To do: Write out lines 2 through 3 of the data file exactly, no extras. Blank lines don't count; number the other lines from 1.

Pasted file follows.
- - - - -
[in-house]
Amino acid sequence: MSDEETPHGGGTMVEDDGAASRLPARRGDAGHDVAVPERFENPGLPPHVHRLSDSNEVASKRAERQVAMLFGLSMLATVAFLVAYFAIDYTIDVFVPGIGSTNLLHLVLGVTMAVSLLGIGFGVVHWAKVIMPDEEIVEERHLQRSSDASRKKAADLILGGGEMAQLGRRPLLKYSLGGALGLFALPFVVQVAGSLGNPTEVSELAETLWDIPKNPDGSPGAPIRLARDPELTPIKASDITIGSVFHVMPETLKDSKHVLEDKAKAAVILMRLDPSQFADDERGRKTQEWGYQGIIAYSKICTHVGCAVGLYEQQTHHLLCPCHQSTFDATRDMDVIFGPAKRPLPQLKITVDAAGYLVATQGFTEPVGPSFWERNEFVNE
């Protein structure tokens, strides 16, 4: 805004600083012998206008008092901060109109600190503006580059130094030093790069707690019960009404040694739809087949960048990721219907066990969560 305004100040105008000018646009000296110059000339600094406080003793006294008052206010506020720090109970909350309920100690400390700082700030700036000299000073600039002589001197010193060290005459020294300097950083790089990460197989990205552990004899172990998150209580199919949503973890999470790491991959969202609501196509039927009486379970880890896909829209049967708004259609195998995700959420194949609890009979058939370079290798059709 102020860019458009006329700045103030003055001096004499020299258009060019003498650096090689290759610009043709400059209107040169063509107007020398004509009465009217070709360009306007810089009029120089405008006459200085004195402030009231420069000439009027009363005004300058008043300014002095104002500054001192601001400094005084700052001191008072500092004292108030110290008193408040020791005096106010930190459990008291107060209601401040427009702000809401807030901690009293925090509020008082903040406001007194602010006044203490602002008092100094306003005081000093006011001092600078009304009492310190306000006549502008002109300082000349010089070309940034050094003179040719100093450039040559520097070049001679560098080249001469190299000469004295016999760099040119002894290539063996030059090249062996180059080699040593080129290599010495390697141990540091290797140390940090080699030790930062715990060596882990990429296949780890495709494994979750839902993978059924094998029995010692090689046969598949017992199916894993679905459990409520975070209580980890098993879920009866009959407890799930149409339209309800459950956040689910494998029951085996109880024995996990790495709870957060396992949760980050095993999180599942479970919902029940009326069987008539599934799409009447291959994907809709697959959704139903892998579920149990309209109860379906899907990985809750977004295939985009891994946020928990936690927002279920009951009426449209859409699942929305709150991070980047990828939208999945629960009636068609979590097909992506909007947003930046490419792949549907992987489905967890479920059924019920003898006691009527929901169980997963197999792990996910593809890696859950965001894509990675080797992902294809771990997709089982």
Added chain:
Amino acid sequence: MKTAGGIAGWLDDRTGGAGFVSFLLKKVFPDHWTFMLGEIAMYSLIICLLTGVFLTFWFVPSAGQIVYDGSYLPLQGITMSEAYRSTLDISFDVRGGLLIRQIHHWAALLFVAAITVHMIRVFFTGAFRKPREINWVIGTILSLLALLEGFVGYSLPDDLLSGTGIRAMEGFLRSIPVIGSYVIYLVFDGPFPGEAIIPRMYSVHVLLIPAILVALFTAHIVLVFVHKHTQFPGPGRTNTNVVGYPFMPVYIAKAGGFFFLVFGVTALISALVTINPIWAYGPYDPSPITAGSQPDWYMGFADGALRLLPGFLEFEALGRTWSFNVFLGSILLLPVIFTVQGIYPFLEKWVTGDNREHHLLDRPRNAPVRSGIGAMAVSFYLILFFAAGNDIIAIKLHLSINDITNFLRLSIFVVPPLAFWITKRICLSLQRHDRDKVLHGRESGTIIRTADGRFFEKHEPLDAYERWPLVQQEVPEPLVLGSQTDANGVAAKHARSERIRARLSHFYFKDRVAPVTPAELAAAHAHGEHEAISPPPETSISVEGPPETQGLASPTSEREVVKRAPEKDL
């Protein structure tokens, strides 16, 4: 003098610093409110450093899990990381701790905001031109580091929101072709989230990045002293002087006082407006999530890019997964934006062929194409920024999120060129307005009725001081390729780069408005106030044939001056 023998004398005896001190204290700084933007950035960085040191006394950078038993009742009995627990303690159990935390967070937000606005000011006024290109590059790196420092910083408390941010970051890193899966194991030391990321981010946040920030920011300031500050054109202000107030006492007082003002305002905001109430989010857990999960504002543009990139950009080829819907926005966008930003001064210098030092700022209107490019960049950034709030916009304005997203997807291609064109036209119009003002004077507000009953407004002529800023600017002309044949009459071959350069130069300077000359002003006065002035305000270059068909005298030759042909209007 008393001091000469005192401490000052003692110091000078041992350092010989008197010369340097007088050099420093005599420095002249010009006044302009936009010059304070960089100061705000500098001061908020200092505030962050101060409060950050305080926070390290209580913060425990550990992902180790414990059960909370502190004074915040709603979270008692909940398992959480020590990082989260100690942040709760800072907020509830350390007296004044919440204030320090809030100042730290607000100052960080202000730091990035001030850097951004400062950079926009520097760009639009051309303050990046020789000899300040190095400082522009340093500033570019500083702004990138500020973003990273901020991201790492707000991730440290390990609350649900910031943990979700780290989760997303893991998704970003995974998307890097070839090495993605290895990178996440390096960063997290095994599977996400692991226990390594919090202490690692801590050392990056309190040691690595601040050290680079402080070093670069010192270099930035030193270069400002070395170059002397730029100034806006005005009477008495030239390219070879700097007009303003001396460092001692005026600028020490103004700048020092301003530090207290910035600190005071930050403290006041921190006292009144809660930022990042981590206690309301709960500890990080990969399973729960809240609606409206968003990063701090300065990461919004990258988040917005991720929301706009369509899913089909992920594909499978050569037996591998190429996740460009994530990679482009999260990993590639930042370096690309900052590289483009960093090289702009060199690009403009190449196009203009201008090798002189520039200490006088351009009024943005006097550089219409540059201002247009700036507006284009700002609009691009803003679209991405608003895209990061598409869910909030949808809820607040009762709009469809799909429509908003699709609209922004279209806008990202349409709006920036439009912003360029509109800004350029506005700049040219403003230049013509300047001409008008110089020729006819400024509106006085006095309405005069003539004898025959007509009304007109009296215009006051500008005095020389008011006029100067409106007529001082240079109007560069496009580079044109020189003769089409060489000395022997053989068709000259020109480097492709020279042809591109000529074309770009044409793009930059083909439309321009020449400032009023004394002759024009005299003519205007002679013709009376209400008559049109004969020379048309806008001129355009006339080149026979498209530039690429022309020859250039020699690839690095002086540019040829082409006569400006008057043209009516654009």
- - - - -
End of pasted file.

Amino acid sequence: MSDEETPHGGGTMVEDDGAASRLPARRGDAGHDVAVPERFENPGLPPHVHRLSDSNEVASKRAERQVAMLFGLSMLATVAFLVAYFAIDYTIDVFVPGIGSTNLLHLVLGVTMAVSLLGIGFGVVHWAKVIMPDEEIVEERHLQRSSDASRKKAADLILGGGEMAQLGRRPLLKYSLGGALGLFALPFVVQVAGSLGNPTEVSELAETLWDIPKNPDGSPGAPIRLARDPELTPIKASDITIGSVFHVMPETLKDSKHVLEDKAKAAVILMRLDPSQFADDERGRKTQEWGYQGIIAYSKICTHVGCAVGLYEQQTHHLLCPCHQSTFDATRDMDVIFGPAKRPLPQLKITVDAAGYLVATQGFTEPVGPSFWERNEFVNE
């Protein structure tokens, strides 16, 4: 805004600083012998206008008092901060109109600190503006580059130094030093790069707690019960009404040694739809087949960048990721219907066990969560 305004100040105008000018646009000296110059000339600094406080003793006294008052206010506020720090109970909350309920100690400390700082700030700036000299000073600039002589001197010193060290005459020294300097950083790089990460197989990205552990004899172990998150209580199919949503973890999470790491991959969202609501196509039927009486379970880890896909829209049967708004259609195998995700959420194949609890009979058939370079290798059709 102020860019458009006329700045103030003055001096004499020299258009060019003498650096090689290759610009043709400059209107040169063509107007020398004509009465009217070709360009306007810089009029120089405008006459200085004195402030009231420069000439009027009363005004300058008043300014002095104002500054001192601001400094005084700052001191008072500092004292108030110290008193408040020791005096106010930190459990008291107060209601401040427009702000809401807030901690009293925090509020008082903040406001007194602010006044203490602002008092100094306003005081000093006011001092600078009304009492310190306000006549502008002109300082000349010089070309940034050094003179040719100093450039040559520097070049001679560098080249001469190299000469004295016999760099040119002894290539063996030059090249062996180059080699040593080129290599010495390697141990540091290797140390940090080699030790930062715990060596882990990429296949780890495709494994979750839902993978059924094998029995010692090689046969598949017992199916894993679905459990409520975070209580980890098993879920009866009959407890799930149409339209309800459950956040689910494998029951085996109880024995996990790495709870957060396992949760980050095993999180599942479970919902029940009326069987008539599934799409009447291959994907809709697959959704139903892998579920149990309209109860379906899907990985809750977004295939985009891994946020928990936690927002279920009951009426449209859409699942929305709150991070980047990828939208999945629960009636068609979590097909992506909007947003930046490419792949549907992987489905967890479920059924019920003898006691009527929901169980997963197999792990996910593809890696859950965001894509990675080797992902294809771990997709089982």